Carved to heal


Since the Stone Age, human beings had the propensity to hide their identity and acquire features of animals, gods, goddesses, and supernatural beings representing deities, demons and even evil spirits.

The origin of masks is a highly complex and controversial subject among historians and anthropologists shrouded in mythology, folklore and legends. A mythical King Sankapala and his chief consort Queen Ayupala were believed to have lived in India (Dambadiva). During this era adjoining country had waged war against the kingdom of Sankapala. Queen Ayupala was suffering from a strange kind of pregnancy craving of watching a 'Mask Dance' but nobody in the whole kingdom knew of Mask Dancing.

Realising the plight of the Queen, God Sakra had invented some Masks and Lyrics and kept in the Royal Garden . These masks had been used in the Mask Dancing and after enjoying the mask dance, Queen Ayupala's pregnancy cravings disappeared. Irrespective of cultural or ethnic diversity, a mask has been a common device used the world across to hide the face of the wearer facilitating to acquire an alien appearance.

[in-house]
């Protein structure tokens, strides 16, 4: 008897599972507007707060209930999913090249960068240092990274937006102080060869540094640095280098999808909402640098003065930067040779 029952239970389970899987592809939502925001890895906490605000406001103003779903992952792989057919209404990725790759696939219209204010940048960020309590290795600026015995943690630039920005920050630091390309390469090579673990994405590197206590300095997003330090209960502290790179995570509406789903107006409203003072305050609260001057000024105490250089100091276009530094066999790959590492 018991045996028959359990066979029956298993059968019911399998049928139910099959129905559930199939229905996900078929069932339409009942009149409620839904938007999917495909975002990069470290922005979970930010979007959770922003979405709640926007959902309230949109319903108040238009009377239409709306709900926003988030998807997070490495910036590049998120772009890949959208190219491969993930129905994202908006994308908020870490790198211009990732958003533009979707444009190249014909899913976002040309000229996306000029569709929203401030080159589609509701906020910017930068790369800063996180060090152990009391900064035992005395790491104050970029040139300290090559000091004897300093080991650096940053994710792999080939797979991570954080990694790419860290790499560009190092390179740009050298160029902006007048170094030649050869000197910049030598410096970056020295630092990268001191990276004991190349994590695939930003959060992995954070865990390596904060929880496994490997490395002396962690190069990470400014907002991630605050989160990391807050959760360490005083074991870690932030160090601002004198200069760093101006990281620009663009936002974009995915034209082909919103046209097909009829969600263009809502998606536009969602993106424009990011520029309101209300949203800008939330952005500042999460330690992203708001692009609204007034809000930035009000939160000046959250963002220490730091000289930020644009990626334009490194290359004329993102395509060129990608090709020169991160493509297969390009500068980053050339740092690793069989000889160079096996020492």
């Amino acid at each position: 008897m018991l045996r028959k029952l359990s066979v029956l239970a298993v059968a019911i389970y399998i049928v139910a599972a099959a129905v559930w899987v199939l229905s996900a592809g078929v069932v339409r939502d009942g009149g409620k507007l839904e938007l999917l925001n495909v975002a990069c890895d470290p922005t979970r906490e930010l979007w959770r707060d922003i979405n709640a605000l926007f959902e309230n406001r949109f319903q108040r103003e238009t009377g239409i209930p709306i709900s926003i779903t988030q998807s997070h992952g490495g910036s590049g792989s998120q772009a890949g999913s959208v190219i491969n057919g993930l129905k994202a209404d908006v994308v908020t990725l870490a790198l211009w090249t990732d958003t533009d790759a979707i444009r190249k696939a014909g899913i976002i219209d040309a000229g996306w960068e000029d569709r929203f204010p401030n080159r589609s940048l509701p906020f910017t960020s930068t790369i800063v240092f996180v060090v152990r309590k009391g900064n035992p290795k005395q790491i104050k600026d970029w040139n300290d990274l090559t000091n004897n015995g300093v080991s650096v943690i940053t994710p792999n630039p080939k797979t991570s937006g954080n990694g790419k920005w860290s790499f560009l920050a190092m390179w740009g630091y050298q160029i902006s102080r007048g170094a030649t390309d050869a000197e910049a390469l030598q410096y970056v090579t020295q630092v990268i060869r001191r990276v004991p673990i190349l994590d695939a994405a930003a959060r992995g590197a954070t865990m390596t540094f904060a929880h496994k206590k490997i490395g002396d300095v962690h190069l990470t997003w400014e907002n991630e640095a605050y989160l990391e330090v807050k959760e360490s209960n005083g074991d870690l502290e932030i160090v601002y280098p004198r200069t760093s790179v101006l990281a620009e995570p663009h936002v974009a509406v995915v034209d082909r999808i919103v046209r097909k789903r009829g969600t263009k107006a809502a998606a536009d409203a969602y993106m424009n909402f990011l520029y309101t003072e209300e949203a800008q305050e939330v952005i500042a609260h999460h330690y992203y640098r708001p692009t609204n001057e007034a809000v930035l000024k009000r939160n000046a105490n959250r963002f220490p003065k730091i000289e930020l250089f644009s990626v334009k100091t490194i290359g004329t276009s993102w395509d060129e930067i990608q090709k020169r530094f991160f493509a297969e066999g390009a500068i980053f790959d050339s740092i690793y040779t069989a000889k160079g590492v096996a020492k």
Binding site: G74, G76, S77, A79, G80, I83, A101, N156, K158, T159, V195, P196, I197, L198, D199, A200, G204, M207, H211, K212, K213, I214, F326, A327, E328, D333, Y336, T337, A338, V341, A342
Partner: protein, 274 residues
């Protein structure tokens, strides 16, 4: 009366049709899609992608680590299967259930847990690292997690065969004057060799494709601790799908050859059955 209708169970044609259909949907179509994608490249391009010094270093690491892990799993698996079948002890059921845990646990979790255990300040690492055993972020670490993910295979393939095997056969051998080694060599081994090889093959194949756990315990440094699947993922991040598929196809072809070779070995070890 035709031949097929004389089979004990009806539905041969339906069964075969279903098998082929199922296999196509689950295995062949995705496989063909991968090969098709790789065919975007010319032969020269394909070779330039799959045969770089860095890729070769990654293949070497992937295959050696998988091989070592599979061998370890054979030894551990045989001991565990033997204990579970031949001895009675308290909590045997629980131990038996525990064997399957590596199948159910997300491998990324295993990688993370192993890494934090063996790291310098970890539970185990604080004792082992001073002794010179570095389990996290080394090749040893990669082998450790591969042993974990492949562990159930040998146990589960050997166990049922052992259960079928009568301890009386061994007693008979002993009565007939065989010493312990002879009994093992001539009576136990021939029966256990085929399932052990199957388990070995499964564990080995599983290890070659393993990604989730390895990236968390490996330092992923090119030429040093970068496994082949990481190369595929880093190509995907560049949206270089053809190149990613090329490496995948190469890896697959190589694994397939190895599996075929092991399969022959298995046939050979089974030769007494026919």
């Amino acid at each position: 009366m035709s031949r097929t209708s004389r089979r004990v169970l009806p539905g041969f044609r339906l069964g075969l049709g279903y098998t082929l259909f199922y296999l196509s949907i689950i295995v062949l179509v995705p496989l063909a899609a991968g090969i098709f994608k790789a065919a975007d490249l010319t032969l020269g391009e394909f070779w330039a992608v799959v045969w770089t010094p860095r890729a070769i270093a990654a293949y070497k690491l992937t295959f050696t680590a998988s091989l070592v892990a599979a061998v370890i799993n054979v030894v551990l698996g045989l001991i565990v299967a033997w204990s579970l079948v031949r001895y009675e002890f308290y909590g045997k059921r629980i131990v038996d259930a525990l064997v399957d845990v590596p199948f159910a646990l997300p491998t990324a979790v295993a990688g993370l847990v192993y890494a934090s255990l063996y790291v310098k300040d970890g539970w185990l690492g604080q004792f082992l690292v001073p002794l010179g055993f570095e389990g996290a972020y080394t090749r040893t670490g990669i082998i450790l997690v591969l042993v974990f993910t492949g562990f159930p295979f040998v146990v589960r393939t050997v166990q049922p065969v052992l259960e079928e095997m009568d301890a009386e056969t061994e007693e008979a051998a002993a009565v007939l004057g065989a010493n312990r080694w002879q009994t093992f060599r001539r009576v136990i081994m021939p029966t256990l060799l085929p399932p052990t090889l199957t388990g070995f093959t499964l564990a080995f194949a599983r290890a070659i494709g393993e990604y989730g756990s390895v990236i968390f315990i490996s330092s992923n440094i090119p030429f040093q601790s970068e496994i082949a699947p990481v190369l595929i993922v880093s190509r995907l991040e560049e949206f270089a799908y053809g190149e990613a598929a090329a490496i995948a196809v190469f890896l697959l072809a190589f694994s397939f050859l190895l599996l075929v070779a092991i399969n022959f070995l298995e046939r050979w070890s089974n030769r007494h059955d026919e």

Usually the mask dancer gets a weird appearance due to the mask he wears in tune with the lengthy ritual he intends to perform. In addition the costumes and the masks vary from ritual to ritual. Masks also vary from culture to culture and they are used in exorcism to chase away evil spirits whom the villagers believed as the root cause of diseases and numerous other afflictions.

Masks had also been used in the performance of funeral and fertility rites even during the prehistoric era all over the world. Gradually, masks became an indispensable item in pageants and functions of cultural and religious significance.

As usual, Ambalangoda on the south coast of Sri Lanka became the repository of traditional forms of folk arts and crafts. Traditional mask carvers of Ambalangoda are well versed in both mask dancing and singing age -old folk songs and recite ritual poems they have inherited and memorised for generations.

Late Ariyapala Gurunnanase inherited the folk arts and crafts from his grandfather Juwan Wadu Ondiris de Silva. He was the creator of a unique belfry which is considered as a rare work of art still stands majestically at the entrance to the Ambalangoda Sunandarama Maha Vihara. Late Gunadasa Gurunnanse represented the Maha Ambalangoda tradition while Master Craftsman Juwan Wadu Ariyapala Gurunnanse represented the Hirewatta tradition. These traditional craftsmen at Ambalangoda revealed that they derived a great inner satisfaction by carving masks which facilitated them in their successful performances of ritual mask dancing. Traditional master craftsmen of Ambalangoda handled their tools with a ritualistic fervour believing that the tools also possess certain mystic powers affecting even the craftsmen.